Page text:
In August 2019 the National COSS Network wrote to the Australian Energy Market Commission (AEMC) about wholesale demand response mechanism draft determination.
The network expressed support for the proposed change to the national electricity rules to enable third parties (demand response service providers)
to participate directly in the wholesale market as a substitute for generation, and to be paid for providing this type of wholesale demand response.
However, urged the AEMC to change the following two aspects of its decision:
1. The deferral of the commencement of the mechanism to July 2022.
With summer peak demand growth and aging coal fleet, the risk of blackouts and interventions
is too great to wait another three summers without bringing demand response into the market.
We understand that the Australian Energy Market Operator (AEMO) can make the necessary
changes for an earlier start. We concur with PIAC, Total Environment Centre, and The Australian
Institute that the mechanism should be brought forward as far as possible, within the
capabilities of AEMO.
2. The decision to exclude residential consumers while new consumer protections are considered.
As organisations that advocate on behalf of people experiencing poverty and disadvantage, we are attuned to concerns regarding consumer protections. However, we argue:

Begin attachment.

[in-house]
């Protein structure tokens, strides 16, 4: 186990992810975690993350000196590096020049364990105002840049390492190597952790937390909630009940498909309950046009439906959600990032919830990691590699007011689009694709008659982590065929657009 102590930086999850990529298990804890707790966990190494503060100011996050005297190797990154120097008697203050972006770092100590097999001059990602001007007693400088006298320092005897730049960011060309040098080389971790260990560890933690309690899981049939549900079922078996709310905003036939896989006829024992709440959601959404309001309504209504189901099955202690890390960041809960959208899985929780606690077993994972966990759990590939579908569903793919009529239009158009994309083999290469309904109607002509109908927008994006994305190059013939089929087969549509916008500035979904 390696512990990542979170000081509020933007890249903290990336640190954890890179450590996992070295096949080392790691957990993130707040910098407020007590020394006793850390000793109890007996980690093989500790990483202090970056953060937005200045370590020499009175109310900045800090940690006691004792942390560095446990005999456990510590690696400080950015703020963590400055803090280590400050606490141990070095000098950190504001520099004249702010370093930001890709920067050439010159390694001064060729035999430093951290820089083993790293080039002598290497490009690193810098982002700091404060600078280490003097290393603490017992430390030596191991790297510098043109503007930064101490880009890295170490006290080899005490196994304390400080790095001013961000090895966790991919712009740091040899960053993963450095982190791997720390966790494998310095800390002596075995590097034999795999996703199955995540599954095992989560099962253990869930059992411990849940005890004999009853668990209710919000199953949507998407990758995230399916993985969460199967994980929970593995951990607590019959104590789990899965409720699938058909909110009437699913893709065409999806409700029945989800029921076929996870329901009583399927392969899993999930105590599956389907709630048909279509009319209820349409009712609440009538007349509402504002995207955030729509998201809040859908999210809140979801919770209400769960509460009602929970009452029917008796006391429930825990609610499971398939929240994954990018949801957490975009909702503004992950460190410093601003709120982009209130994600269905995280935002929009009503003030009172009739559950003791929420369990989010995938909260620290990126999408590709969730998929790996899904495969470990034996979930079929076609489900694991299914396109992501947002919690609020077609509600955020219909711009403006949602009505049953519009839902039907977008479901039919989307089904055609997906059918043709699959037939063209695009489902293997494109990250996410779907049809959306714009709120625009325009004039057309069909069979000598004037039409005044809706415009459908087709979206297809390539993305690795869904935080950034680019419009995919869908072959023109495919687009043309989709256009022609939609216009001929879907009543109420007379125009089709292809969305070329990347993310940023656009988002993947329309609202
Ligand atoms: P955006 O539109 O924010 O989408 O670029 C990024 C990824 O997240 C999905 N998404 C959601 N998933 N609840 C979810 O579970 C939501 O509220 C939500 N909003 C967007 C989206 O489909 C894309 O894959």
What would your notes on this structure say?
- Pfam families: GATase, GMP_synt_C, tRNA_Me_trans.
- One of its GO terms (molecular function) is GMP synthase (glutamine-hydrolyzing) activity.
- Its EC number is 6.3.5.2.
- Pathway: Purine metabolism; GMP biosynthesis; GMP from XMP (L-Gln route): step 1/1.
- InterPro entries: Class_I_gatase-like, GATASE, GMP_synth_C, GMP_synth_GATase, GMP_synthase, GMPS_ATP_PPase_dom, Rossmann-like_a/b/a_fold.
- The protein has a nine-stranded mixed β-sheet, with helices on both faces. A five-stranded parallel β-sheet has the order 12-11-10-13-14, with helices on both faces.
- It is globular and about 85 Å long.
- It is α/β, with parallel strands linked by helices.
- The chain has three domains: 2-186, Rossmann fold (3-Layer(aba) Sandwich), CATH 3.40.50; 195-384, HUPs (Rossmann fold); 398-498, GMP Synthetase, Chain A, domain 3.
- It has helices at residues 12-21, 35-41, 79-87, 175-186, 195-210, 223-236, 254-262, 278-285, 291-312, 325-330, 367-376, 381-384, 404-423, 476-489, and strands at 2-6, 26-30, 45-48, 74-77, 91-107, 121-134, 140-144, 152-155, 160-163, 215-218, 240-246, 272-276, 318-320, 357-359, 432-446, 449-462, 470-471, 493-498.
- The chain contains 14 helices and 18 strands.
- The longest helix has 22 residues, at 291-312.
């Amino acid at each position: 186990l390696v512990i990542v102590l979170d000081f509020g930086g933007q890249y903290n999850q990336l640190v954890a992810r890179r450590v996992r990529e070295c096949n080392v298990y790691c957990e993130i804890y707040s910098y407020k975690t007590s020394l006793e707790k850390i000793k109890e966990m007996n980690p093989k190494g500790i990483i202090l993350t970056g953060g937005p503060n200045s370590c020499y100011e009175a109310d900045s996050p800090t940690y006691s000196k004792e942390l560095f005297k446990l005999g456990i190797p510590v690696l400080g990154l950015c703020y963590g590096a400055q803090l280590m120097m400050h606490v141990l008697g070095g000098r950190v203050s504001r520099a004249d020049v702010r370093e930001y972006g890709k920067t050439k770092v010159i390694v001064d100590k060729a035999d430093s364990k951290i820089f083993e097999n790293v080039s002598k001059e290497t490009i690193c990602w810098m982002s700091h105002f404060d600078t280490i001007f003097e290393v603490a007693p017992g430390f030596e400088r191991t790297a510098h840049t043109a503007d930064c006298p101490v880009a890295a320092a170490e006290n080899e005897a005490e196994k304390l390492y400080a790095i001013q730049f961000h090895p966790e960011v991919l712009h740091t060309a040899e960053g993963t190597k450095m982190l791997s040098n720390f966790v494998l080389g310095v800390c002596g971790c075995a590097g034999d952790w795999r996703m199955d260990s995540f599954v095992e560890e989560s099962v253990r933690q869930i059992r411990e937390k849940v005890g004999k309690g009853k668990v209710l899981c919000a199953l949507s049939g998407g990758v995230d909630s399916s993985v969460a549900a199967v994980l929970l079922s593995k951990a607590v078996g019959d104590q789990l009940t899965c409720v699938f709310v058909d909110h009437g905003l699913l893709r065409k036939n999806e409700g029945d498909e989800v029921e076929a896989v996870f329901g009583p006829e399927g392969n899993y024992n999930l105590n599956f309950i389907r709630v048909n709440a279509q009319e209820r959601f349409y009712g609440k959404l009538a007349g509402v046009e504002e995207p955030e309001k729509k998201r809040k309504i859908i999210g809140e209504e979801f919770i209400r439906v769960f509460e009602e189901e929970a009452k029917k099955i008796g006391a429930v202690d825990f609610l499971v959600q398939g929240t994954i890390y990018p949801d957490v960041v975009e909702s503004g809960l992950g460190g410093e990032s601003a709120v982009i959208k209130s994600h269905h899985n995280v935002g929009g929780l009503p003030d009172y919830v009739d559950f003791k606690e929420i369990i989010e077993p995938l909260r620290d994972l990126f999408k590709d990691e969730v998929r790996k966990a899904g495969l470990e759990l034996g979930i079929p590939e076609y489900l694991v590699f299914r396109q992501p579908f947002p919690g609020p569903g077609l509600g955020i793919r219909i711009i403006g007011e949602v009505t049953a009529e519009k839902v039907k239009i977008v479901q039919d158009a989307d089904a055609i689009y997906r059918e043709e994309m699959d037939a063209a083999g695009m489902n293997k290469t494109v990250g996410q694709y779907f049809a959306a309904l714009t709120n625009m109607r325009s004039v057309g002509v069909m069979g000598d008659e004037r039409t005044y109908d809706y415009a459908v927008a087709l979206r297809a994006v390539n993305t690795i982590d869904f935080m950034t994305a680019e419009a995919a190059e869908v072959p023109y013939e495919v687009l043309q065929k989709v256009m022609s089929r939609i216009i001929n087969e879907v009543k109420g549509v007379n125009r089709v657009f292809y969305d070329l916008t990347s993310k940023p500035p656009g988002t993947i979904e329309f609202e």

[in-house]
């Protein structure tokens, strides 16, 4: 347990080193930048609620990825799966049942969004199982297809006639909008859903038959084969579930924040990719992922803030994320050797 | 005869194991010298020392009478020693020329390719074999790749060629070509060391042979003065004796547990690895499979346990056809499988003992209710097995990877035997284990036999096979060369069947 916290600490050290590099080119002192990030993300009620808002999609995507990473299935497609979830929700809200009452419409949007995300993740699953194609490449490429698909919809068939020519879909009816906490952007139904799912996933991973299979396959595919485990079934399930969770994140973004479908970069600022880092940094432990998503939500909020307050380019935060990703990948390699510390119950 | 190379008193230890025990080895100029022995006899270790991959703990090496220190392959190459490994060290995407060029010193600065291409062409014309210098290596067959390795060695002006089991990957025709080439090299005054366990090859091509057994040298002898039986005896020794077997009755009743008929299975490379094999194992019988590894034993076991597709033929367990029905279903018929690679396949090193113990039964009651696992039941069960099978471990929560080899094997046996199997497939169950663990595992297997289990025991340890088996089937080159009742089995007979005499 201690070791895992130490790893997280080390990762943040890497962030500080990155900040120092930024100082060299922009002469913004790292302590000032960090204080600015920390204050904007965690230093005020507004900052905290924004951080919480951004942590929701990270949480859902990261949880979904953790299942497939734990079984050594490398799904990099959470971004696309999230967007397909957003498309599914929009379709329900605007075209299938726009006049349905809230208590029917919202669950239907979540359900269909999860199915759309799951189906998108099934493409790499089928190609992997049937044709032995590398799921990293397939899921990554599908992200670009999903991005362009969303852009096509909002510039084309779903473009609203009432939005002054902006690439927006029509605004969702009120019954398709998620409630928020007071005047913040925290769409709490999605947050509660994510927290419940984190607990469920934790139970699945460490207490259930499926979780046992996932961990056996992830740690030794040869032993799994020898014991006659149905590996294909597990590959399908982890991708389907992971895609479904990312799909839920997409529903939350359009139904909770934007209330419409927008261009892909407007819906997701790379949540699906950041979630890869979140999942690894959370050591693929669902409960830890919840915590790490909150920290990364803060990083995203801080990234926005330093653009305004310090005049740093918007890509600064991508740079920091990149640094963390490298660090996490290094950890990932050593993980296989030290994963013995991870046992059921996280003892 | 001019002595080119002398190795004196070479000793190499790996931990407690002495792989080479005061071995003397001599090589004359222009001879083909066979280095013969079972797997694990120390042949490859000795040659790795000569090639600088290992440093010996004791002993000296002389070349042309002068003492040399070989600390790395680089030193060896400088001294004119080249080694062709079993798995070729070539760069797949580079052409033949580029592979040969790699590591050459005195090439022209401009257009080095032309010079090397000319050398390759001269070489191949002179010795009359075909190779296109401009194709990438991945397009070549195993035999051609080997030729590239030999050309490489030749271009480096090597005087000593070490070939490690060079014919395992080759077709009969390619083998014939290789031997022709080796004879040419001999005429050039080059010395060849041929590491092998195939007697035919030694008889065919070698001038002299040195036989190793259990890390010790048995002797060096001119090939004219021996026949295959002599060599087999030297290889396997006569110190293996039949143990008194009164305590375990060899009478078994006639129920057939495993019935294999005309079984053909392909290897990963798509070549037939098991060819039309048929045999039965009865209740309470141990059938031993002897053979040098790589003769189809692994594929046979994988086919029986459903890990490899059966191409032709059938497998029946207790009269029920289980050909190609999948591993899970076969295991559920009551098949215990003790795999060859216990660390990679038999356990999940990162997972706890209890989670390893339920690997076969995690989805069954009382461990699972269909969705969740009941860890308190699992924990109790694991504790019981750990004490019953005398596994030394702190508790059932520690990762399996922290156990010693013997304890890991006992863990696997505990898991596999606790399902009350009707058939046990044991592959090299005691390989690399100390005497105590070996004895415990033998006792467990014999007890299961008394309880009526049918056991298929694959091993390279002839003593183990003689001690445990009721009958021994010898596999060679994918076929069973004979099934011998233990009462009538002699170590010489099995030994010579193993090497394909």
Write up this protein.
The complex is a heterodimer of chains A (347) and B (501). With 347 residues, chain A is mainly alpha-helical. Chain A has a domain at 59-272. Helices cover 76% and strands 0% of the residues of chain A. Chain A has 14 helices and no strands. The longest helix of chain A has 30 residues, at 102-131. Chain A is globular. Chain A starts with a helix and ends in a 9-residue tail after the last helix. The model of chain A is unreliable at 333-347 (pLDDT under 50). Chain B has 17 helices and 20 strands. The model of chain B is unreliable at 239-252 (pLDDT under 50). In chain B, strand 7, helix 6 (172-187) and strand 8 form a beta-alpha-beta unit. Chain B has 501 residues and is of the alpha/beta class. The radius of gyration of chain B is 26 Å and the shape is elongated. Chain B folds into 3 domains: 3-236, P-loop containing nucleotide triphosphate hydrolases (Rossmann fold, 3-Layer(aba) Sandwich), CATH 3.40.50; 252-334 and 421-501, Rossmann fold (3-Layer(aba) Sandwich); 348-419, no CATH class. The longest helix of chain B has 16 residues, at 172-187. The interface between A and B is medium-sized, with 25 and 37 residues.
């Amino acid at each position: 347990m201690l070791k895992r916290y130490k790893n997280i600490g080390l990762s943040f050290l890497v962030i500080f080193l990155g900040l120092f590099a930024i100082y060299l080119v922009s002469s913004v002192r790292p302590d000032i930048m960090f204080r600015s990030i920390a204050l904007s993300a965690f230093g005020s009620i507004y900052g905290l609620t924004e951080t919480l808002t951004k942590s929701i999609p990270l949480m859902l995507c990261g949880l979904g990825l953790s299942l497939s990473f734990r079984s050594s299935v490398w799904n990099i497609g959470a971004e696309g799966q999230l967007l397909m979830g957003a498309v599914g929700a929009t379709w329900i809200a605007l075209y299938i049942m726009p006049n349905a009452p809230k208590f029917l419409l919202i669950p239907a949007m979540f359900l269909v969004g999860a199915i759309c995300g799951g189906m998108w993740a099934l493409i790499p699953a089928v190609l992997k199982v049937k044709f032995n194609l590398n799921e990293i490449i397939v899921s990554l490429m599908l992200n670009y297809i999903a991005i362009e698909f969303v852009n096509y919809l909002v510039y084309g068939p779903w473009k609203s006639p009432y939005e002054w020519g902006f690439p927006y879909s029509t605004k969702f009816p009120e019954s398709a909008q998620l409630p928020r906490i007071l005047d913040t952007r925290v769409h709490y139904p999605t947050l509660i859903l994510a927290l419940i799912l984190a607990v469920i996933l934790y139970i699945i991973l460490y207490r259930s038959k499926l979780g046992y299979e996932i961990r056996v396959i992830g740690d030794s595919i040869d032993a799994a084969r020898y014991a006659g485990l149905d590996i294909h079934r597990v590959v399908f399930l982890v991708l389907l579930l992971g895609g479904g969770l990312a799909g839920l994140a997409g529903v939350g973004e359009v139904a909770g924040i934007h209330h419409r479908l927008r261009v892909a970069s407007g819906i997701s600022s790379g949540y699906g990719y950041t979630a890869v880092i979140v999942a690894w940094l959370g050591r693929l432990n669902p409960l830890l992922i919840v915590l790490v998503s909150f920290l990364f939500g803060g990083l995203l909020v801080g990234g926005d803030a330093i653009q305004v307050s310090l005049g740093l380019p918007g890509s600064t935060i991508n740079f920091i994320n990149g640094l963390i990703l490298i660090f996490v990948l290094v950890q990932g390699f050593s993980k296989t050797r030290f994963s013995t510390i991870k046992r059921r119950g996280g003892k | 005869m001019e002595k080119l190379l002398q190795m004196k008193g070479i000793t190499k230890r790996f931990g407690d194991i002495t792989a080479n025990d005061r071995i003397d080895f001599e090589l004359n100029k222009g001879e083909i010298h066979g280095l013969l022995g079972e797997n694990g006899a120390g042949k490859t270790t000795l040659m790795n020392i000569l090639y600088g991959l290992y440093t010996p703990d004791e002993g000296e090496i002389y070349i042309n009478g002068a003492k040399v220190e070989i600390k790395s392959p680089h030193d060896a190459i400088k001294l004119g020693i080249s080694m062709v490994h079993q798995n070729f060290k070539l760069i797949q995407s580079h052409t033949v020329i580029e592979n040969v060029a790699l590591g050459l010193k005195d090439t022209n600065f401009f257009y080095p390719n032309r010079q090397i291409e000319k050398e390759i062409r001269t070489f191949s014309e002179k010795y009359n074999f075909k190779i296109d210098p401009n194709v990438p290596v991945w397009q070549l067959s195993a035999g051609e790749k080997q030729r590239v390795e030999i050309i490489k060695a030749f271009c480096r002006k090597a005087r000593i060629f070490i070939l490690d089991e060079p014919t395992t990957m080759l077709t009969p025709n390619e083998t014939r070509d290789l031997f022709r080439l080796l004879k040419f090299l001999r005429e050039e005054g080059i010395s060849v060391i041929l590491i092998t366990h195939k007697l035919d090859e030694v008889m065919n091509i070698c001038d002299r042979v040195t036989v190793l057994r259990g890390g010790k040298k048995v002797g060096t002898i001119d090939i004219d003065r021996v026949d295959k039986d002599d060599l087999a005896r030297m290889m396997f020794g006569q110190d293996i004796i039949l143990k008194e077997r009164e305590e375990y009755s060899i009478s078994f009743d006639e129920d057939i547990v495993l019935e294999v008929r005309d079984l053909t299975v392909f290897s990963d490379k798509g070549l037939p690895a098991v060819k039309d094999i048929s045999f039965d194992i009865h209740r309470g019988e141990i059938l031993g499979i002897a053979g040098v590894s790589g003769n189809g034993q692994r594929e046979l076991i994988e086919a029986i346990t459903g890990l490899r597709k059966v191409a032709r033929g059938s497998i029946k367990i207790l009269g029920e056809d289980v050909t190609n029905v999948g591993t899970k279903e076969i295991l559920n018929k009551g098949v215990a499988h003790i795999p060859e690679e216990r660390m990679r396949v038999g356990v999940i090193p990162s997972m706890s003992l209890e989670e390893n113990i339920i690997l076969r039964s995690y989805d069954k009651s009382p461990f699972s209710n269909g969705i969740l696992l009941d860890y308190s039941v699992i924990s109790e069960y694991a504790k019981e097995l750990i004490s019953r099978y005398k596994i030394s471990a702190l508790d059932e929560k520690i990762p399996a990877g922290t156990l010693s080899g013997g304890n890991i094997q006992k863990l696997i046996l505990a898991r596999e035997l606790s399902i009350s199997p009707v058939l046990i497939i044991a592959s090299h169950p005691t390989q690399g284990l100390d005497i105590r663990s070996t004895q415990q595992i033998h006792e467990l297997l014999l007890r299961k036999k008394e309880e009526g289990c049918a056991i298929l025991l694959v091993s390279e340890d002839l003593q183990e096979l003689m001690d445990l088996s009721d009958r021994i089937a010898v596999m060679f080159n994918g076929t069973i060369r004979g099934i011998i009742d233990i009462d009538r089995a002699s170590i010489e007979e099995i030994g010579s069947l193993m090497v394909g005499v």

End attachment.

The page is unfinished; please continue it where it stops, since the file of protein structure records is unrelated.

- There are household demand response options which have no risk of affecting people’s quality of life – such as pool pumps and household batteries – that, if aggregated, could offer a lot of value to the market and households.
- Australian Consumer Law already provides the key consumer protections people need for many demand response contracts – like pool pumps and household batteries. These loads could be part of the demand response market from day one.
- The work on extending existing consumer protection arrangements to deal with more sensitive and complicated loads – such as air conditioners and electric vehicles – should be commenced as soon as possible.
- Further, there is no reason why there can’t be comprehensive consultation for adequate protections in this space before the implementation date.